On September 12, 2011, a team of scientists announced that the HARPS telescope has identified more than 50 new planets; this is the largest number of planets ever announced at once.
The HARPS telescope works by detecting the movement of stars. A star with an orbiting planet will be pulled towards the planet as it orbits. If the star moves toward and away from Earth, this movement can be detected and planets can be discovered.
Astronomers have pointed HARPS at 376 Sun-like stars, and over the past eight years, they have discovered more than 150 new planets. At least one of the newly-discovered planets is potentially habitable; HD85512b is estimated to be only 3.6 times the mass of Earth and it orbits its star within a zone in which liquid water could exist.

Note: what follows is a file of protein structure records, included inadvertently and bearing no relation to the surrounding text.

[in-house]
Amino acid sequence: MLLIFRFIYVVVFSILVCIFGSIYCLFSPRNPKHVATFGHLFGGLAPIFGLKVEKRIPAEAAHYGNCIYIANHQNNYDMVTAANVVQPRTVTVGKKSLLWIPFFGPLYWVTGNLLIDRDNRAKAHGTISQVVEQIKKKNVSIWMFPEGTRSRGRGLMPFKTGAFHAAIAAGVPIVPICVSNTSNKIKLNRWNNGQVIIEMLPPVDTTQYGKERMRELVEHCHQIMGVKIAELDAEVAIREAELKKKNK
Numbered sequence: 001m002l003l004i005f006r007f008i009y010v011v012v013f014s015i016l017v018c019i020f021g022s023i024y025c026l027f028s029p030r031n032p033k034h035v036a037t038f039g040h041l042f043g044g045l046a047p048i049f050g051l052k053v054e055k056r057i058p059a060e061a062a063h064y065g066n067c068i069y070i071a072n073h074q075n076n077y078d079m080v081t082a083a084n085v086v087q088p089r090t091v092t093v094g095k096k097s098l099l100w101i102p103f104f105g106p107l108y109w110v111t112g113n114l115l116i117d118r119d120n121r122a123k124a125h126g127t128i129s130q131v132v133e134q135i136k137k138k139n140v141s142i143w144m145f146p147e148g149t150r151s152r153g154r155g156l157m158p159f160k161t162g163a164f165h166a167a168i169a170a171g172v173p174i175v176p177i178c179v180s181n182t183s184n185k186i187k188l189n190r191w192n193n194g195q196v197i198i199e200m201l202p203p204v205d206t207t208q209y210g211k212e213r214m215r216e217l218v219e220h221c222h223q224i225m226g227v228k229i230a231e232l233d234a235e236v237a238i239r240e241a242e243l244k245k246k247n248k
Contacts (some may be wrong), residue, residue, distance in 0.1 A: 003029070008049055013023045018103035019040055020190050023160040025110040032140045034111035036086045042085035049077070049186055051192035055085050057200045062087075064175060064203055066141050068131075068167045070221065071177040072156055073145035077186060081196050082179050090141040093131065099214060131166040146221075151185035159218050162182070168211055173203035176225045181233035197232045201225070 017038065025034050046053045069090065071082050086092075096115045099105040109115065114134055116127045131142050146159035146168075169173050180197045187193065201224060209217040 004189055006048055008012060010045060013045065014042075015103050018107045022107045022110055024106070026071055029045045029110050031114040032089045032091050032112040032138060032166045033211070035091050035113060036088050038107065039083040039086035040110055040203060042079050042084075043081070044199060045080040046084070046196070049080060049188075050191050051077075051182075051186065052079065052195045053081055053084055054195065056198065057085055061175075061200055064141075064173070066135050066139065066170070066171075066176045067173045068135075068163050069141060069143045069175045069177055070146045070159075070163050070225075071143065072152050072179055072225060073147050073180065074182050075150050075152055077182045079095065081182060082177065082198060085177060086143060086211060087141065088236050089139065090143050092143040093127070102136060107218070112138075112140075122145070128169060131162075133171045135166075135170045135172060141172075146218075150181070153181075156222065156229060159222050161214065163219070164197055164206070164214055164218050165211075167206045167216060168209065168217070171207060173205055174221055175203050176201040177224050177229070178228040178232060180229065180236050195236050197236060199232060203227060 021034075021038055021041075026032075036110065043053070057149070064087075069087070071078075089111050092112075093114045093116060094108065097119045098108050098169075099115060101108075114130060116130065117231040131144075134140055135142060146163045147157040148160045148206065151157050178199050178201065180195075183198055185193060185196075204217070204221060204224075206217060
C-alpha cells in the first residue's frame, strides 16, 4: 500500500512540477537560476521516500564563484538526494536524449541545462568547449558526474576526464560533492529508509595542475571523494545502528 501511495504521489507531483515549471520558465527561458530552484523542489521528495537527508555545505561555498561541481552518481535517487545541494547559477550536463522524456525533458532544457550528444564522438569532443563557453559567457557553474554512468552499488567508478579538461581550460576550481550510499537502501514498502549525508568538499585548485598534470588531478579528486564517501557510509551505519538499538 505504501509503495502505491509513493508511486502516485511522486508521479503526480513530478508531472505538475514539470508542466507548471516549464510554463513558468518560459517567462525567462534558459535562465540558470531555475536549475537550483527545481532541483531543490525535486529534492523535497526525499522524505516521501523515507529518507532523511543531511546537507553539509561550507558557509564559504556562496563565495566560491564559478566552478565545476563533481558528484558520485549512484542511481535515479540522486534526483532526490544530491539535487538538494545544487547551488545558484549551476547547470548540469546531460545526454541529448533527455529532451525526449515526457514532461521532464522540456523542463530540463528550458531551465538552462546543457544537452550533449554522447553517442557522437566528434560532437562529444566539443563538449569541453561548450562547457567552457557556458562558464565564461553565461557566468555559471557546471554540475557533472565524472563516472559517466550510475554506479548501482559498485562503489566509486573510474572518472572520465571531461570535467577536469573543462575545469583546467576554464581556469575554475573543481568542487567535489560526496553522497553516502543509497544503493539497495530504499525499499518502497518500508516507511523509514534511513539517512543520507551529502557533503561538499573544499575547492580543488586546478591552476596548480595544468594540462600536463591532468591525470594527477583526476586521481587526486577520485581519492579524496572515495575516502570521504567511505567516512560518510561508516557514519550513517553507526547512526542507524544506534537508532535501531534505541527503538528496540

The increasing precision of the new HARPS survey now allows the detection of planets under two Earth masses. HARPS is now so sensitive that it can detect radial velocity amplitudes of significantly less than 4 km/hour– less than walking speed.
“The detection of HD 85512 b is far from the limit of HARPS and demonstrates the possibility of discovering other super-Earths in the habitable zones around stars similar to the Sun,” adds Michel Mayor, of the University of Geneva, Switzerland.
This is just the beginning for finding Earth-like planets around other stars!
Learn more about planet hunting in the High-Adventure Science space investigation.